“Split Infinitive”: a graduate student in art presents a thesis exhibition
For Ryan Akers, a second-year master’s student studying studio art with a concentration in painting, capital is important, but his primary goal with his current work is to create community and experience for others and for himself.
“It’s just the fate of the artist. Do you create works that appeal to you or do you create works for other people that you think they might buy? Akers said. “I just try to create work that interests me or that I think other people might like, not necessarily something they want to hang on their walls.”
That goal is something Akers kept in mind when creating his Master of Arts thesis exhibition, “Split Infinitive,” which opened Wednesday, February 16 at the Sella-Art Gallery. Granata at Woods Hall. Reception open is Thursday, February 17 from 5-8 p.m.
The exhibit features 10-12 pieces of various 3D shapes and sizes made from durable materials “that you can find at a hardware store or salvage” such as scrap wood, moving blankets laminated with wood glue, and more, all pasted along the floor and wall of the gallery.
Akers said he wants to make his work as environmentally friendly as possible, and he’s not interested in things that will last forever.
“Split Infinitive” focuses on the tension many people feel as they juggle different aspects of their lives.
“We live shared lives between worlds – analog and digital, work and home, waking and sleeping,” Akers said in his artist’s statement. “Through material, form, scale and color I create objects that feel both new and familiar to reflect the tension of constantly being pulled in different directions.”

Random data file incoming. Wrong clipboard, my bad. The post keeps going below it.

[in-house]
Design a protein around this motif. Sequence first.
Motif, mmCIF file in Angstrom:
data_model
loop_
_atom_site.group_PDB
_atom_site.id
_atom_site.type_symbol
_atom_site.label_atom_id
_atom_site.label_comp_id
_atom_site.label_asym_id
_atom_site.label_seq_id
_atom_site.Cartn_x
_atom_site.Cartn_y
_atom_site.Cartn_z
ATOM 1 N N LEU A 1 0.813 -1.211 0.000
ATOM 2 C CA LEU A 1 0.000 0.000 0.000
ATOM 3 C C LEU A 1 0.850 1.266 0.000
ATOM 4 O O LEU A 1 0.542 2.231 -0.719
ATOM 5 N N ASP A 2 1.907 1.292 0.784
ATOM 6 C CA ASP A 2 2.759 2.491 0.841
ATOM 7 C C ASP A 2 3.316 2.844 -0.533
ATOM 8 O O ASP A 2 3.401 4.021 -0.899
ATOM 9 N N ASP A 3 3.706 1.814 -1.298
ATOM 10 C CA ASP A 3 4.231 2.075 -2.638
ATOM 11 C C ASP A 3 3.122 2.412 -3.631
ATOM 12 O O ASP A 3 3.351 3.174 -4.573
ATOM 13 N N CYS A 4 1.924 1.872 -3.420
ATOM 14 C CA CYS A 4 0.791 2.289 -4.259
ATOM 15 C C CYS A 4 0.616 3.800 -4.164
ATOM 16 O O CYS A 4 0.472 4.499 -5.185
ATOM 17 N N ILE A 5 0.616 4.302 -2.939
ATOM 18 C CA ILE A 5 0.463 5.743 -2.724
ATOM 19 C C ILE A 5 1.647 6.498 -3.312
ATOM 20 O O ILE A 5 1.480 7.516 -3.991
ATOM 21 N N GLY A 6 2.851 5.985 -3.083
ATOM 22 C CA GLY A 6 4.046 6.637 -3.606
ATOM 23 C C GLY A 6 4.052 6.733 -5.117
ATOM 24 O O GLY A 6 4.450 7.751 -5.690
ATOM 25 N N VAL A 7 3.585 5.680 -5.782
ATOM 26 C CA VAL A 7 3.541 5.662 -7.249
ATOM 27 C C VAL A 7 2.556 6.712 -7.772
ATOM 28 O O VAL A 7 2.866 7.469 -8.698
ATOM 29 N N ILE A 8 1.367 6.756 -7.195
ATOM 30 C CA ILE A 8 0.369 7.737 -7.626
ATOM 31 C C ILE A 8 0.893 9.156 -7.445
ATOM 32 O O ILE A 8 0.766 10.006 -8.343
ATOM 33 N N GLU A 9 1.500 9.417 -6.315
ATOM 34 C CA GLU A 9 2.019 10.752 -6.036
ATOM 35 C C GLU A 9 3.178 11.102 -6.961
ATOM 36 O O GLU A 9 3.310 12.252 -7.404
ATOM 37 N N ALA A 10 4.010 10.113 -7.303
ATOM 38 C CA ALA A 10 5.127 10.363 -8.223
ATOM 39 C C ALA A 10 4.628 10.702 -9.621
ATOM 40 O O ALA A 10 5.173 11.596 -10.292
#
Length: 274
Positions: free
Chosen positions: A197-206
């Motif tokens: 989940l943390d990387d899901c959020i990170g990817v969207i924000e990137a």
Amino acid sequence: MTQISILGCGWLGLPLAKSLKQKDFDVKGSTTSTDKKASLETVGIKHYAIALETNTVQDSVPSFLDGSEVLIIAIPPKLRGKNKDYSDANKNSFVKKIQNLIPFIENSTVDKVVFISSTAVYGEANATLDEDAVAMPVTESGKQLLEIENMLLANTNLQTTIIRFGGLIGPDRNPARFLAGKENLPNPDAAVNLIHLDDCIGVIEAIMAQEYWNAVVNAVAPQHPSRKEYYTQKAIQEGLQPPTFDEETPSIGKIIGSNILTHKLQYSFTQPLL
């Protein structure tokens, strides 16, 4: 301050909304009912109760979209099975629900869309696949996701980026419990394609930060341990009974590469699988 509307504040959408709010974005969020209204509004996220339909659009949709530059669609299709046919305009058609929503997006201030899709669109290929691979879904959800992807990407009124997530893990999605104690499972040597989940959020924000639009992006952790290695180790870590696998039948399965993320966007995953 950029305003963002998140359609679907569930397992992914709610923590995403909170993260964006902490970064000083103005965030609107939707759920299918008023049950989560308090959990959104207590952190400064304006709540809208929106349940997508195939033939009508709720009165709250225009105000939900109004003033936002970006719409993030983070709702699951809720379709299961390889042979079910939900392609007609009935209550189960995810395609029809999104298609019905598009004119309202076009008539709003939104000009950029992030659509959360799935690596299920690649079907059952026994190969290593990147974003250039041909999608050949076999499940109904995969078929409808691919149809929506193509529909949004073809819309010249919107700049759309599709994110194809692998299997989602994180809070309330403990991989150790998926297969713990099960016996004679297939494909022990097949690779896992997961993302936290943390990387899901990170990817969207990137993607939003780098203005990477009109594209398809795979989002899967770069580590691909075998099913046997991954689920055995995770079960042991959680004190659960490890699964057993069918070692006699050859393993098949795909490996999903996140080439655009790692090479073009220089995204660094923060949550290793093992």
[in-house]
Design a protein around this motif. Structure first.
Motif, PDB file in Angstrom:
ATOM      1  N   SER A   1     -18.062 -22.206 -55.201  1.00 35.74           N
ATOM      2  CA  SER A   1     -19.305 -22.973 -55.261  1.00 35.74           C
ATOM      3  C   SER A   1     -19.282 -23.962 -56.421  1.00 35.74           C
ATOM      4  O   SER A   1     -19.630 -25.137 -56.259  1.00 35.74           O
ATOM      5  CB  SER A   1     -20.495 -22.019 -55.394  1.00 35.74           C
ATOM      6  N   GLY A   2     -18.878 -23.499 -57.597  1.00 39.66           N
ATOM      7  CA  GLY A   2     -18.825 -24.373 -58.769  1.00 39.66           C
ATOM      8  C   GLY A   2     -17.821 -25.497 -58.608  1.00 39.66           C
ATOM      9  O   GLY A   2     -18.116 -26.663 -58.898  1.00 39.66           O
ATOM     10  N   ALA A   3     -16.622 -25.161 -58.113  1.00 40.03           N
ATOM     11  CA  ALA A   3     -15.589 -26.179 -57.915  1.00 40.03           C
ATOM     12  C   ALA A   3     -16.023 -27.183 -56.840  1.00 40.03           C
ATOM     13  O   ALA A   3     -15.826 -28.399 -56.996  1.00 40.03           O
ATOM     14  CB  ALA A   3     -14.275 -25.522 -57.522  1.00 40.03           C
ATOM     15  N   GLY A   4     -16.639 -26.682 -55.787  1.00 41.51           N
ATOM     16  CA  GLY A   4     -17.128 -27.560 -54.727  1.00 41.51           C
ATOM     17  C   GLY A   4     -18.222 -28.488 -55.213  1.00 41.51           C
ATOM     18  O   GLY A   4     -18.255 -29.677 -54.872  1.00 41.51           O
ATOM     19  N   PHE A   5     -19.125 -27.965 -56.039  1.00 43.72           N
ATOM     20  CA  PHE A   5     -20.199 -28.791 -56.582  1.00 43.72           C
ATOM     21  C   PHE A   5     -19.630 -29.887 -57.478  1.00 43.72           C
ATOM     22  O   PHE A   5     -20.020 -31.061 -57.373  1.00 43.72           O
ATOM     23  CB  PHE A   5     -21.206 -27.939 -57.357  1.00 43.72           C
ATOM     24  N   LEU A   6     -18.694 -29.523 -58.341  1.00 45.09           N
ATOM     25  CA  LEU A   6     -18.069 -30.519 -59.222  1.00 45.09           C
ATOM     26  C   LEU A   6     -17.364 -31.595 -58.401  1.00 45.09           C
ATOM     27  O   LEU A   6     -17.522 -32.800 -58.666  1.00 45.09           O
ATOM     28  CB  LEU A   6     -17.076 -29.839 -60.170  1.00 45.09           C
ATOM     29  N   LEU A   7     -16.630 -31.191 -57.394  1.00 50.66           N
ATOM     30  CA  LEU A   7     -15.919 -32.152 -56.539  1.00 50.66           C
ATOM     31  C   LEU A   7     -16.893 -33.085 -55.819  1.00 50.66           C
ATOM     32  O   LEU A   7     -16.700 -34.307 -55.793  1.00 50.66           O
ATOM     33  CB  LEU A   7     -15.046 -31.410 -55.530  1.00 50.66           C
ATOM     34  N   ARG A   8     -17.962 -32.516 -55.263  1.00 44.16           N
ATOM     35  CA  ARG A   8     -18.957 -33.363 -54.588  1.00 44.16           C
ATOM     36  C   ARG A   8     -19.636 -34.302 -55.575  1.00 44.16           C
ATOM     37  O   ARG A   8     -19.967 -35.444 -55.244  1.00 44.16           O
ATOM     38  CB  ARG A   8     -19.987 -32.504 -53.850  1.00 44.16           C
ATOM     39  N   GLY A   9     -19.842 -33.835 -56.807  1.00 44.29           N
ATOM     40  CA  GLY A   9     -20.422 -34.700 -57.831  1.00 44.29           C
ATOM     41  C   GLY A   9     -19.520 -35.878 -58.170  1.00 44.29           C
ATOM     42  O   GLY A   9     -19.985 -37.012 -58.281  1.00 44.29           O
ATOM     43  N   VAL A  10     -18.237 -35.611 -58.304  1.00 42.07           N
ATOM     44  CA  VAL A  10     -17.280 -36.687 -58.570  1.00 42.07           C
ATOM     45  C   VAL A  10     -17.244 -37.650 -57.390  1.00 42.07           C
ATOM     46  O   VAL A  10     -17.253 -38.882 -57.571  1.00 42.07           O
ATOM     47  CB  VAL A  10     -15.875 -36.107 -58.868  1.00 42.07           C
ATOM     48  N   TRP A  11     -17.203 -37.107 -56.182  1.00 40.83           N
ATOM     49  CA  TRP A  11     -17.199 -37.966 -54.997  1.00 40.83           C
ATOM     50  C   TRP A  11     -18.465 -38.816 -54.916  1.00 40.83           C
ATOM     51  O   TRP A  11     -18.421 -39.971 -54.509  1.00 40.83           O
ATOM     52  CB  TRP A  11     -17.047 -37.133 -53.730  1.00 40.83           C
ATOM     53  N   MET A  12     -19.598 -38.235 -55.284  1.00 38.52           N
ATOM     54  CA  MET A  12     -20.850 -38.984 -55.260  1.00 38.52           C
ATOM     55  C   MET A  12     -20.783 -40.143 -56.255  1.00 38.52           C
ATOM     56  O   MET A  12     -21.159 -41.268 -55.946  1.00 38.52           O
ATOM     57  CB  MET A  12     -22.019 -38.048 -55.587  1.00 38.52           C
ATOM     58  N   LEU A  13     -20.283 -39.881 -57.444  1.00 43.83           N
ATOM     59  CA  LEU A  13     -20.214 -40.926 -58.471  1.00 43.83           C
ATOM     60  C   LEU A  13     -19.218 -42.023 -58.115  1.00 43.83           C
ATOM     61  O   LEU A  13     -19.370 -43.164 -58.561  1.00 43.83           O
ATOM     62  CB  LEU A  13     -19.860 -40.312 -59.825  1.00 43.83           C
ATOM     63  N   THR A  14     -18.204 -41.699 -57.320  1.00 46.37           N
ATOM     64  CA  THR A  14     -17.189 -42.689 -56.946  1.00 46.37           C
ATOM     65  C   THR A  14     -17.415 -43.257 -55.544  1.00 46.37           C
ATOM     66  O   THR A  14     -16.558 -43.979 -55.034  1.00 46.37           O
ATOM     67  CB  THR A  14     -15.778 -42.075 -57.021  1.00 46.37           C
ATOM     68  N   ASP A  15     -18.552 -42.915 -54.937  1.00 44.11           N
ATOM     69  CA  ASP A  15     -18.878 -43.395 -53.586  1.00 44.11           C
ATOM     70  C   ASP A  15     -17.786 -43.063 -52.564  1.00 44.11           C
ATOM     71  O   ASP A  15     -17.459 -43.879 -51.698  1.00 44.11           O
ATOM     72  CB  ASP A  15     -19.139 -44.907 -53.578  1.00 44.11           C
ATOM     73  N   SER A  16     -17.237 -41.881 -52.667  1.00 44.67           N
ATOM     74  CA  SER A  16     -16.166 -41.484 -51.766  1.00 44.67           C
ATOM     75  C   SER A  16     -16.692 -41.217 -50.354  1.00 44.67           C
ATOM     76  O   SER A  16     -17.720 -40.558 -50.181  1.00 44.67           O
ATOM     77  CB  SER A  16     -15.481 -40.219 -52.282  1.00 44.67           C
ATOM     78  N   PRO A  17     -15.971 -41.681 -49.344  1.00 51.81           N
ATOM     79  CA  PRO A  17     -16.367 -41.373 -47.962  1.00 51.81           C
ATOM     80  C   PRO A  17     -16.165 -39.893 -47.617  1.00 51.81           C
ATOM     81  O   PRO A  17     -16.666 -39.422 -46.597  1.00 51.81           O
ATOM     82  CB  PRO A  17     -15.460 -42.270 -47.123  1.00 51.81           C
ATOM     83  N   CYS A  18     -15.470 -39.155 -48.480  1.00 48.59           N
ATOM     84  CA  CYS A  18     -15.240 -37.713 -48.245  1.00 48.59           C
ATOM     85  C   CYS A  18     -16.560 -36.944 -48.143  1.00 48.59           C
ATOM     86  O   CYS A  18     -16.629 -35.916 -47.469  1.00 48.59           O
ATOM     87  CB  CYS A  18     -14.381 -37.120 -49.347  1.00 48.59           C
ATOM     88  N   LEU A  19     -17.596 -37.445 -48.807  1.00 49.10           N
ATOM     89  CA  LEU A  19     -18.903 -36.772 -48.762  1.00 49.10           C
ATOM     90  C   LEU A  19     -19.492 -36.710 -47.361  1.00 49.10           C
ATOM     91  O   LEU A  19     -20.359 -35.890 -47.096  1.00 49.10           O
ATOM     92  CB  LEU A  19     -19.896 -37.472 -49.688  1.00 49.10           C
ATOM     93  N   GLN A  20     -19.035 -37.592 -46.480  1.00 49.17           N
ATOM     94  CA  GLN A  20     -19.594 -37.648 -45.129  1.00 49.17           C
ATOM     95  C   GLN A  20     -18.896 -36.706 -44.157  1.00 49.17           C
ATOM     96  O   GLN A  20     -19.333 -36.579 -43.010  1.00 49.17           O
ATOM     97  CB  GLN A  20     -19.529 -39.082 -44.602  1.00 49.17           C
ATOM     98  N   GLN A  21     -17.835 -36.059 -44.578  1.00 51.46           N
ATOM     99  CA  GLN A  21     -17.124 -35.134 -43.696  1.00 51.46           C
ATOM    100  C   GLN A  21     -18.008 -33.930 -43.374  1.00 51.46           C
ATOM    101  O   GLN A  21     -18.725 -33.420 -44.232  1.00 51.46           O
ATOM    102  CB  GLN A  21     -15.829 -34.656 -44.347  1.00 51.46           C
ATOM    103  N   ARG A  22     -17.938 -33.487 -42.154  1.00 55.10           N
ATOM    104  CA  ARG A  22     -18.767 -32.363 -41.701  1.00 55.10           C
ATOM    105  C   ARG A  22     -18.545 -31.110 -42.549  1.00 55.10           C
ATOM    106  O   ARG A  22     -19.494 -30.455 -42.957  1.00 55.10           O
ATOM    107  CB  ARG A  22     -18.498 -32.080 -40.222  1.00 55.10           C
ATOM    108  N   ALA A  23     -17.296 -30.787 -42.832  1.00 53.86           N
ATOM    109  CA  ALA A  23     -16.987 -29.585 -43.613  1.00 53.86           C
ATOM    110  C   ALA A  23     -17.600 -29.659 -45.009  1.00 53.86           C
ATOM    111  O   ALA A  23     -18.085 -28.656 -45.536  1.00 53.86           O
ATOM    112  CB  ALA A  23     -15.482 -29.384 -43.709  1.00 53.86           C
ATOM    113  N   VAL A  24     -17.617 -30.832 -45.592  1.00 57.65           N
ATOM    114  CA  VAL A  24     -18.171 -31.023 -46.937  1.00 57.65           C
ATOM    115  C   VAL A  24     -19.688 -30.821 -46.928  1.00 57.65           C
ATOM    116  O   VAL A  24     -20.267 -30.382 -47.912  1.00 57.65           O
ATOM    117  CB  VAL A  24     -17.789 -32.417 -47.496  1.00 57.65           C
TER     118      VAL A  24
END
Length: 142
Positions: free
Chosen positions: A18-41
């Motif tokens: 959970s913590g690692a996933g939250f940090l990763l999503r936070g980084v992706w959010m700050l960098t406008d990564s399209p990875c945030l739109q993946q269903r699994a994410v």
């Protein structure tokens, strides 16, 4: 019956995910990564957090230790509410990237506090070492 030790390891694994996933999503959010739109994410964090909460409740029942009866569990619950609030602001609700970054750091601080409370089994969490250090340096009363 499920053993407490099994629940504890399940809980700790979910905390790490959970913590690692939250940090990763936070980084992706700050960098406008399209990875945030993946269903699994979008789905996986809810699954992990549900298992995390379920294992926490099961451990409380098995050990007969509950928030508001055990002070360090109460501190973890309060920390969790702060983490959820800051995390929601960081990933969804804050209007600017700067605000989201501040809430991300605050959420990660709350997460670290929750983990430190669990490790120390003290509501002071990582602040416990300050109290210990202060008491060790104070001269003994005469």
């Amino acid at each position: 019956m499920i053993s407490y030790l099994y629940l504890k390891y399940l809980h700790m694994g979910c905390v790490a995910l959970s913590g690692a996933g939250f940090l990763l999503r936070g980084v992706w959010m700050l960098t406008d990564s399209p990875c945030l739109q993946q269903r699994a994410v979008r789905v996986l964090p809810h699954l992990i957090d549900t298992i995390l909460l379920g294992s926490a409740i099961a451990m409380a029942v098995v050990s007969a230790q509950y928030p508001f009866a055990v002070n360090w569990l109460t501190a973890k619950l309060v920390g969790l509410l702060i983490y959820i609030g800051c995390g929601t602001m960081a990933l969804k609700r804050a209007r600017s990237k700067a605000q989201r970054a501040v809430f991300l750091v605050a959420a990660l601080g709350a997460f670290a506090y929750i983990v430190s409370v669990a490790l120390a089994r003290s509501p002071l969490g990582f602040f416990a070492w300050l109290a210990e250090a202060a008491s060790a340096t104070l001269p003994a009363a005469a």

Akers said he always felt this, whether at home or in the art studio, but it became evident especially after the pandemic.
“You’re always a bit divided or there’s never completeness, and there’s always going to be this tension because of that,” he said.
Akers said much of his work was “disturbing” in this way. When creating his collection, he was inspired by the Internet culture of the 90s and early 2000s that he interacted with in his youth, such as albums and skateboard magazines.
“I don’t think it’s super obvious to everyone, but I think some people can see certain things in certain shapes,” Akers said. “Colors are particularly influenced by many record covers.”
The show‘s color palette spans a variety of high-saturation, neon red, white and orange shades with matte black for added contrast. It is influenced by early Internet culture and animals with warning colorations, such as black widow spiders, coral snakes, and sea snakes.
He hopes people will connect with his work and respond to it in some way, even if they can’t verbalize it.
To deepen this connection to the artistic and emotional environment, on the evening of the reception on Thursday, February 17, there will also be a reading by Acie Clark, an MFA student studying creative writing.
Akers said poetry, music, and the visual arts go well together, and words can heighten people’s emotional responses to the work.
“I feel like I’m not just interested in the artwork on the wall, but what’s going on around it and the context, because it’s all in the context, whether you like it or not, as the white cube is not a neutral space,” Akers said. “I just like to create these little different types of contexts that kind of change your type of day-to-day experience.”
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